The innocent love of creating

I’ve been struggling since I decided to re-start my visual exploration. It is the same struggle I felt when I started in college, the same one that made me quit 15 years ago. I come from a working class family. We work for a living. Everything has a purpose and that purpose is focused on making a living. It’s a cycle that I can’t seem to break free of.

I fell in love with photography as a Boy Scout working on my Photography merit badge. I still remember standing in that darkroom and watching an image appear on the blank sheet of paper. It was magic – a magic that I could do. And that sense of wonder never went away. I lived for the moment when I put the exposed paper into the developer and watched an image appear. Every one of the thousands of times I did that I loved it. I miss that moment now, but there are other moments that the digital world provides that are almost as powerful.

I love exploring and finding that hidden image. Just walking around, camera in hand, looking, seeking and eventually finding. Or that image that I grabbed as I was walking by. I wasn’t really looking, but I had a camera in my hand when I saw something significant, I grabbed it and moved on. Seldom do I realize at that moment that what I caught was great, but later, when I’m going through my shots and I see it – wow, I love that moment.

I love the moments of my life that I can capture and hang on a wall. Not just the picture – but the memory of that moment. It is there forever. The smells, the sounds, my feelings. I remember that moment more clearly than any other moment in my life.

And I hope my work has some of the same impact on others. I can’t speak for them, but I hope it does. I’ve won a few awards and enough comments that I believe it does.

But I keep getting caught up in the why. The how will I make a living at this. I need to pay for it – I need it to have a purpose that relates to the material needs of  life. Yeah, I read the quotes of how art lifts and inspires. How it is what pulls us up out of our earth-bound realm and allows us to see greater possibilities. And I believe them. But I have a hard time maintaining that for the long term.

Like when I’m involved in something spiritual, when my mind and heart are touched by that greater realm and I’m filled with that peace and joy and hope. Then I walk into a door, eager to share it. The reality smacks me in the face. My kids are yelling, the dog is barking, I fall over something left on the floor and it’s gone. And there’s just a big hole where a moment before there was an all encompassing light and I feel worse for the loss.

I keep losing the spiritual why to the noise of the earthly material why. At heart I’m overtly practical and art isn’t practical. It rises above practical and I find myself trying to make it practical. And every time I fall into that pit I don’t like it anymore.

Here are a couple of quotes from photographer Paul Caponigro, son of John Paul Caponigro. I’ve been spending a lot of time on John Paul Caponigro’s site because I’m impressed by his grasp of art, his approach to it, his peace with it. Something I seek but am having a hard time finding. These quotes talk about maintaining that innocence, about ‘Not Doing’ so you can step away from the process and be free to create. It really hit home with what I’ve been struggling with.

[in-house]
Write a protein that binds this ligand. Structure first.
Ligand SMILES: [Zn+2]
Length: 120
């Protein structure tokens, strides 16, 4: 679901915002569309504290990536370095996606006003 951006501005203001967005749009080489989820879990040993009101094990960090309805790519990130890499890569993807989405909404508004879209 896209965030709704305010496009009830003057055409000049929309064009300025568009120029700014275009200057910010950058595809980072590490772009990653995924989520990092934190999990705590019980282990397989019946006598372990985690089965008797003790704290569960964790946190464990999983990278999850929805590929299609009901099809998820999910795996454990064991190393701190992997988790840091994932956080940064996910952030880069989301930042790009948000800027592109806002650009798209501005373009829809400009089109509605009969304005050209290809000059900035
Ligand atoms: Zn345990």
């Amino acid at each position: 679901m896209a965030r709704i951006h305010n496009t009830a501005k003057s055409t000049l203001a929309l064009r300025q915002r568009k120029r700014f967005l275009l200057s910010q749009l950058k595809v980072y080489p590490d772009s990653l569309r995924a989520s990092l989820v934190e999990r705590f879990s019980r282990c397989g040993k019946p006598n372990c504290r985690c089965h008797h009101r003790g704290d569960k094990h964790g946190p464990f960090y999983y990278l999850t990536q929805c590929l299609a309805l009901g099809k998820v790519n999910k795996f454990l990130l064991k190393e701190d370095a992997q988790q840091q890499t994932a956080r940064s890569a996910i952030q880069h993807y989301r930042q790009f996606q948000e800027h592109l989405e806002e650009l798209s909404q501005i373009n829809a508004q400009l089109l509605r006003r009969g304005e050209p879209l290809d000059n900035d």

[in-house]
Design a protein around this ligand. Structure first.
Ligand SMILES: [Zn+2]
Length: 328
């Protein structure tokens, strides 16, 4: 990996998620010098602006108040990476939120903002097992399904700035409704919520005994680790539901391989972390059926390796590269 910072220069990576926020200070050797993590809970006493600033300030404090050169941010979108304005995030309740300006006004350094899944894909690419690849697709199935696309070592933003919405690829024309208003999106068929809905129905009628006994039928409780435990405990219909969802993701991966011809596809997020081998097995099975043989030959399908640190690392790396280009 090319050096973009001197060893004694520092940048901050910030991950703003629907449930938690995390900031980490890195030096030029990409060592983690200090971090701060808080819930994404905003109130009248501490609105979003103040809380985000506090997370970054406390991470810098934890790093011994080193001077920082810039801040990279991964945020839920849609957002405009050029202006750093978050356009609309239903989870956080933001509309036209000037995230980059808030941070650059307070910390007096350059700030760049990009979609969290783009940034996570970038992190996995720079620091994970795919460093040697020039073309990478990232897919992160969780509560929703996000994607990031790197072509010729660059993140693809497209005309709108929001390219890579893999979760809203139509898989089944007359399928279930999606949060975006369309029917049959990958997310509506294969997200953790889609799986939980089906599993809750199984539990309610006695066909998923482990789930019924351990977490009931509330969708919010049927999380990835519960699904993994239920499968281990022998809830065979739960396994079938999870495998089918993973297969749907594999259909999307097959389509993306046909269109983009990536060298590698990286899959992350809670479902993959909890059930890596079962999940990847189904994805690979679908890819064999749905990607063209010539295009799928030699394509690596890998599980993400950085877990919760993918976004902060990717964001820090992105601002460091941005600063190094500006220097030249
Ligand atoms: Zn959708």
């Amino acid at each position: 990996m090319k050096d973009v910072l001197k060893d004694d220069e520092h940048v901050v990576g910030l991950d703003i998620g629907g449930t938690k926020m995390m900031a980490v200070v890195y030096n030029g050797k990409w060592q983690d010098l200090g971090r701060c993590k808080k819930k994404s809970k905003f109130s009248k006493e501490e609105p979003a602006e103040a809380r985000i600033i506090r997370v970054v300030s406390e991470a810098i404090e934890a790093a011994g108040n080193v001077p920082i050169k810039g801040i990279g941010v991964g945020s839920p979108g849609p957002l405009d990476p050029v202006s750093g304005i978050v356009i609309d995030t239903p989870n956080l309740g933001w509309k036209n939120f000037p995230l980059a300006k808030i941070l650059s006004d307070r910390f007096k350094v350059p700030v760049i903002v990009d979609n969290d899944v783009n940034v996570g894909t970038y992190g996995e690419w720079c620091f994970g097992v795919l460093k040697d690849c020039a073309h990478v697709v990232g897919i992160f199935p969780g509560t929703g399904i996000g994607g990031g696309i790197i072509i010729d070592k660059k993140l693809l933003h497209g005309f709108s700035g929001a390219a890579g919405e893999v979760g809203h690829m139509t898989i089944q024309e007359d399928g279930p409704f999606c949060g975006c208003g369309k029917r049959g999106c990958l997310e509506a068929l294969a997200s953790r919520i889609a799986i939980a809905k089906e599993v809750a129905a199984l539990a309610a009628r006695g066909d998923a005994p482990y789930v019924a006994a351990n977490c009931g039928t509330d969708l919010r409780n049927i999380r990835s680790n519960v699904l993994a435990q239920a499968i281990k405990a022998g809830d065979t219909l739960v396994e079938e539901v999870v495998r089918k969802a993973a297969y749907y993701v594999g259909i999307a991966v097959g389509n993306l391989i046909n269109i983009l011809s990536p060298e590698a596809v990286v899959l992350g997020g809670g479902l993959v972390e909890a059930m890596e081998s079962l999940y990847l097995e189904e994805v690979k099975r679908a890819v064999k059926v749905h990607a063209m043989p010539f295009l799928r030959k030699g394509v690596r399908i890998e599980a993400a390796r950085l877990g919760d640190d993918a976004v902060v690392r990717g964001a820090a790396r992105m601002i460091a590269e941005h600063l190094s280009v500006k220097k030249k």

The full conversation was first published in the May/June, 1995 issue of View Camera magazine:

Castaneda and Don Juan have a perfectly wonderful dialog together on the business of ‘not doing’ as opposed to ‘doing.’ Don Juan tells Castaneda that he must learn to ‘not do.’ Castaneda says, how do I not do? Life is doing. Yes, that’s precisely the problem. Everything that you do is based on something you already know. It has already been handed to you. Everybody is doing according to a formula and that’s what keeps it all in place. This is all too obvious. Not doing means that you’re aware that that process exists and you step away from it in order to see clearly. The ability to be free, from that process, even though you are a part of it, enables you to ‘see.’ Then it’s not difficult at all. Then the essence becomes available.

Photography attracted me before I ever knew that it was a part of a structured world. I saw a camera which my grandmother wielded. I thought it was fascinating. I didn’t know about famous artists and museums and magazines. I innocently met that process. And I excitedly engaged it to the best of my ability. Later, because my excitement was so strong, I realized that this could be a medium through which I could work. Then I had to meet the whole world of photography; manufacturers, materials, hype, galleries, dealers, critics, etc. Somehow I did not lose sight of that initial innocence. I realized that unless I could stay free, unidentified, unless I could keep my personality from going crazy with the adulation or the lack of it I was not going to maintain that innocence. I realized that the innocence was the important state that called forth the inspiration into the process.

Huntington Witherill – I loved this

John Paul Caponigro posted these videos on his site. I watched them and loved them. Beautiful work and inspiring words.